We employ alternate methodologies to scrutinize whether the rapid decline of momentum profits to insignificant levels in this 14 year period is indeed an outcome of the marked rise in market volatility. For instance, we use controls for the periods of unusual volatilities in the capital market, 2007 to 2009 in particular and yet fail to reject the hypothesis that momentum profits have not declined to insignificant levels. Excluding the last financial crisis, 2007 to 2009 serves the additional purpose of excluding spring of 2009 that witnessed the biggest momentum crash in the history of stock market since the summer of 1932 as alluded to by Daniel and Moskowitz (2012). Next, we employ the daily median volatility index, VXO for the period 1986 to 1998 to classify months in the latest subperiod into high and low expected volatility months.5 If momentum profits have declined because of increased volatility of the market, momentum strategy should be profitable at least in months when the implied volatility is as low as in low volatility months in the period 1986 to1998, a period when momentum is profitable. However, what we document is that while momentum strategy is profitable in the period 1986 to 1998 no matter the implied volatility, it fails to generate profit for the period 1999 to 2012 even in the 60 months classified as low volatility months primarily clustered between November 2003 and July 2007.

We also investigate whether momentum profits resurface in this period following up markets as documented by Cooper, Gutierezz and Hameed (2004). Not only are these momentum profits insignificant on average following up markets, their distribution also reveal visible and statistical difference from those in the periods 1965 to 1989 and 1990 to 1998, indicating a deeper and more fundamental change in the underlying process of generation of momentum profits, beyond huge market crashes. The distribution of up market momentum profits in this period is extremely volatile interspersed with huge negative returns that suggest that momentum as a strategy has become riskier in the latest subperiod compared to the two earlier subperiods. Further analysis indicates that the idiosyncratic volatility of momentum portfolio returns has increased compared to the previous periods. We also examine whether cumulative past returns can explain the cross-sectional variation in stock returns. In the presence of return continuation, we expect past stock returns to be positively related to current stock returns, especially following up markets since momentum profits are essentially up market phenomena. As expected in the periods 1965 to 1989 and 1990 to 1998, current stocks returns are positively related to past returns exclusively following up markets. However, in the current subperiod, with decline in momentum profits past returns fail to explain current returns following up markets and show a reliably negative relation following down market.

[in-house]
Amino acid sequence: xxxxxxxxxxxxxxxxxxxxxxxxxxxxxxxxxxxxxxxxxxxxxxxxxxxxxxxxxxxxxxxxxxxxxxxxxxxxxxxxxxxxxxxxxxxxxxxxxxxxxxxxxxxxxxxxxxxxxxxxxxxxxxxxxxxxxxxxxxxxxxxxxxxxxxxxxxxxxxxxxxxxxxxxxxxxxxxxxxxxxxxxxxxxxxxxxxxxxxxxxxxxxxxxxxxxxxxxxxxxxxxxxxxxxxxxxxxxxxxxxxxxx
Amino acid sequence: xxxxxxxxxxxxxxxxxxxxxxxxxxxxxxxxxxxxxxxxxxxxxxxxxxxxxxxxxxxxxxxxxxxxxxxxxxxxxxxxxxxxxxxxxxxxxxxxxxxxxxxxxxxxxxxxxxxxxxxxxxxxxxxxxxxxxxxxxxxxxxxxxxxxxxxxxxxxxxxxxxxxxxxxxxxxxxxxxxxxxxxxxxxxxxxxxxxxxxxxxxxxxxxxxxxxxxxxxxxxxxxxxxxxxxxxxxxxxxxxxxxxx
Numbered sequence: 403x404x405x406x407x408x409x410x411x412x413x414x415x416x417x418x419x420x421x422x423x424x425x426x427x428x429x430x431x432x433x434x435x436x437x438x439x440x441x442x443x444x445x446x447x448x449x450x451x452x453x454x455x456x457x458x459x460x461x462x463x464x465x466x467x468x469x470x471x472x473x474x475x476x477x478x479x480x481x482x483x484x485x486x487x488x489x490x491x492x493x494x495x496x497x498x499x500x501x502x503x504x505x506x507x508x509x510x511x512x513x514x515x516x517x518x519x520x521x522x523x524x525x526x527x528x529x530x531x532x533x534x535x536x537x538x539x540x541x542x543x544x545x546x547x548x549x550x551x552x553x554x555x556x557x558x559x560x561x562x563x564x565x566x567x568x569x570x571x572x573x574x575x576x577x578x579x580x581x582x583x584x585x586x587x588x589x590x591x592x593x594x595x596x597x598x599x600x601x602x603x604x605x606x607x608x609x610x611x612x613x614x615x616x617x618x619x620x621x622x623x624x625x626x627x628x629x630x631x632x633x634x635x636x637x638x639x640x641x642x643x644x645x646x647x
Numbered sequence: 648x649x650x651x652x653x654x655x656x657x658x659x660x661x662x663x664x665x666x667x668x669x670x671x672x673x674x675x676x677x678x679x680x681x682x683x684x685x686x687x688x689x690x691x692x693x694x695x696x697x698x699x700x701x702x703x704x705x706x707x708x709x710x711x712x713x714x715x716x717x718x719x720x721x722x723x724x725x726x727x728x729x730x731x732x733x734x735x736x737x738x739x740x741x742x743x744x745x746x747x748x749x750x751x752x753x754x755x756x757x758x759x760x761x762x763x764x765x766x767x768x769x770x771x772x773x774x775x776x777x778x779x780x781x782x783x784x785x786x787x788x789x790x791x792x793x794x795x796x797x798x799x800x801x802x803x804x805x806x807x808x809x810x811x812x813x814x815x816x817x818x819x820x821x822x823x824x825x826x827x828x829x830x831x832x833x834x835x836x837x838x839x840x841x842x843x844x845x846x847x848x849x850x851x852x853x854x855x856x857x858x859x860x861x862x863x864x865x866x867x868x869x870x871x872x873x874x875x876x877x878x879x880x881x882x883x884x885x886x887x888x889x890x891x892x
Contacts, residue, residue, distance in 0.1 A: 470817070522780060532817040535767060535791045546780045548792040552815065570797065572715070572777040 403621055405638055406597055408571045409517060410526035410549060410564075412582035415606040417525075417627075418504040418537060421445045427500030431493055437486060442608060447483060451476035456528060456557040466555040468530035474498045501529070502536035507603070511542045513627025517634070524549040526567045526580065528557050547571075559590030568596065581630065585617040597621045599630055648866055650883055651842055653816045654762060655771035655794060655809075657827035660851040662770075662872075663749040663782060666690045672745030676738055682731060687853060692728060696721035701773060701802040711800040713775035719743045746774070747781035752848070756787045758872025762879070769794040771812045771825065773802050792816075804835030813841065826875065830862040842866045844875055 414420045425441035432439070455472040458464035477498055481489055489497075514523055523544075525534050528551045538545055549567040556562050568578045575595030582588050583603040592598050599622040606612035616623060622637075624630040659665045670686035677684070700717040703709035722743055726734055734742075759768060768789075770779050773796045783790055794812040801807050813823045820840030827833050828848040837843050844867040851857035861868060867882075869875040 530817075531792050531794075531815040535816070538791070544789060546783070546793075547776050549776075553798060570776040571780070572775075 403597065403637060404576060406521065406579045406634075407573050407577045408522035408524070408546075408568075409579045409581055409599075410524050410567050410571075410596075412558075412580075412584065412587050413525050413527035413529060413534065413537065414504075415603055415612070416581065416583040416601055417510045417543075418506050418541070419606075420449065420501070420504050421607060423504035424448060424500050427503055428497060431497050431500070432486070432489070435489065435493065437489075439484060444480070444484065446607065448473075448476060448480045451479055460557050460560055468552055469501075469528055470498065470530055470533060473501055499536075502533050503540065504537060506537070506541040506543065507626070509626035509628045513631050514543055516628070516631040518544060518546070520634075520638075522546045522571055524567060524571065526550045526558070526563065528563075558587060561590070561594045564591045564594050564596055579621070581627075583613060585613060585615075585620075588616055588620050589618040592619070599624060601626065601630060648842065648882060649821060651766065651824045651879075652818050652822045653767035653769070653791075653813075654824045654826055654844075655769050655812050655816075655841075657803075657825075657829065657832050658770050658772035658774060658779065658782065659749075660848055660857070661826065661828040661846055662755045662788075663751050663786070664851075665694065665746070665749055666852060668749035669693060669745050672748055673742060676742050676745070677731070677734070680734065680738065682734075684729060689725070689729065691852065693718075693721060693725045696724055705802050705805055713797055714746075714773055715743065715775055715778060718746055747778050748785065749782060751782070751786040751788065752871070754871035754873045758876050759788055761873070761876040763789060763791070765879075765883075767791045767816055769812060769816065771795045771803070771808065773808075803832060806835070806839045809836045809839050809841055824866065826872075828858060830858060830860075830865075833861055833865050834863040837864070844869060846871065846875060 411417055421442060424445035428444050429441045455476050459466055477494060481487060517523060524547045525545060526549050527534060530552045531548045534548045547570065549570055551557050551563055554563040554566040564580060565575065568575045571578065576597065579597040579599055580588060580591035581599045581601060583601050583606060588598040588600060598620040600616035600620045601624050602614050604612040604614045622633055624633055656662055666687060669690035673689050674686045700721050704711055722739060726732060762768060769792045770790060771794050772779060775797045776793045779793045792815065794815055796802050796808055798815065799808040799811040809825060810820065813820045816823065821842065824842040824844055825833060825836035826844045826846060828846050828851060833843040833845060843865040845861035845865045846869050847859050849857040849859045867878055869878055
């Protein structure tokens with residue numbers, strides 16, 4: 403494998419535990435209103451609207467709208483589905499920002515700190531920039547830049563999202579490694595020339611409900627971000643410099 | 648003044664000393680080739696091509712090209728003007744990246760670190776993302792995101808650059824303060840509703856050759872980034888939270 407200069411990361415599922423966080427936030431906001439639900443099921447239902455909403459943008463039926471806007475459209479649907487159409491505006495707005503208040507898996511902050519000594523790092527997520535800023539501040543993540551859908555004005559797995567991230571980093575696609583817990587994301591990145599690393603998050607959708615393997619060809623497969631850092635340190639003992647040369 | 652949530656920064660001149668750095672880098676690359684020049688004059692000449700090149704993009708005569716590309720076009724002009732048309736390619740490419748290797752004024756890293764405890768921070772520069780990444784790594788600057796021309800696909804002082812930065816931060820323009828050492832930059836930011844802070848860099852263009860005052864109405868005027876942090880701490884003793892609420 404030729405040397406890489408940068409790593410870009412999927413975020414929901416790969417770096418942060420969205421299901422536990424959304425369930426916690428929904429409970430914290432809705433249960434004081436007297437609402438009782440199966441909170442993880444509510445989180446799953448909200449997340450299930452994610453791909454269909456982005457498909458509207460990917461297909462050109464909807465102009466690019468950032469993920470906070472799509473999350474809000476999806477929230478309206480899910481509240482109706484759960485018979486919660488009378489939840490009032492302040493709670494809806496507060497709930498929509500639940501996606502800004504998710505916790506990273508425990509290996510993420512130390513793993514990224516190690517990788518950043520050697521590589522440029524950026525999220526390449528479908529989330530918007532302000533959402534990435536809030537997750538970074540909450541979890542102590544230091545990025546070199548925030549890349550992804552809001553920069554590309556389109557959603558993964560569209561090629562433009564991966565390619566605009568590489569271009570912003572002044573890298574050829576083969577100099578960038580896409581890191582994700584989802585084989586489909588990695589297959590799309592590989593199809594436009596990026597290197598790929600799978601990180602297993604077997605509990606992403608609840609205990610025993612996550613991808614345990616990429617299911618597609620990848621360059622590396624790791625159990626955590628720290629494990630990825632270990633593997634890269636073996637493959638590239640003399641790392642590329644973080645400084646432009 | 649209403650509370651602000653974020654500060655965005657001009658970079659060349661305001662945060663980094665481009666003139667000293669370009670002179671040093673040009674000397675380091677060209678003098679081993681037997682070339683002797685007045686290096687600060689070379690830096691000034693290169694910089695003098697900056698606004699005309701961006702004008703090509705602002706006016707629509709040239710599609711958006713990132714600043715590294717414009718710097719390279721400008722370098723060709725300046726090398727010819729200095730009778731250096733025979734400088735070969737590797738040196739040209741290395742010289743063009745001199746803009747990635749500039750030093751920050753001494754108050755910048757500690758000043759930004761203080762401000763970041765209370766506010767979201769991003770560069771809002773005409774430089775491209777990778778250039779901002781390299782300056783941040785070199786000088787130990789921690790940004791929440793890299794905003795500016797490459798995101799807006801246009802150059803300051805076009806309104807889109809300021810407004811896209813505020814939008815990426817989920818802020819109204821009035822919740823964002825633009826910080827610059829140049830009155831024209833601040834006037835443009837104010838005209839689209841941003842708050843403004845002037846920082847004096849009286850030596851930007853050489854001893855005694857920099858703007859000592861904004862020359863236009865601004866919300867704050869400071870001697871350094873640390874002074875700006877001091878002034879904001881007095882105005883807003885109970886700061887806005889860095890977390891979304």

We suggest three possible explanations for the declining momentum profits that involve uncovering of the anomaly by investors, decline in the risk premium on a macroeconomic factor, growth rate in industrial production in particular, and relative improvement in market efficiency.

The first explanation proposes that momentum profits decline post 1998 because investors become increasingly aware about the profitability of implementing a relatively simple momentum trading strategy, wherein they identify winner (loser) stocks and buy (sell) them. The growing awareness and competition amongst these investors would lead to an increasingly earlier identification and trading of momentum stocks. This explanation predicts intensified reaction to both winner and loser stocks in the identification period itself, which would result in either exhaustion or, at the least, a substantial reduction in return continuation in the holding period.6 We find evidence consistent with this prediction.

The second explanation is based on the findings of Liu and Zhang (2008) who document that growth rate of industrial production, in various specifications, explains over half of the momentum profits. We find that in the latest subperiod although the momentum portfolio’s returns continue to load on this industrial production factor, this particular risk factor is no longer priced.

The third explanation explores the possibility of relative improvement in market efficiency. Following Griffin, Kelley, and Nardari (2010), we compute their DELAY measure, that reflects the degree of response of stock returns to past market returns, and we record a fairly significant reduction in delay in all size portfolios but for the largest one."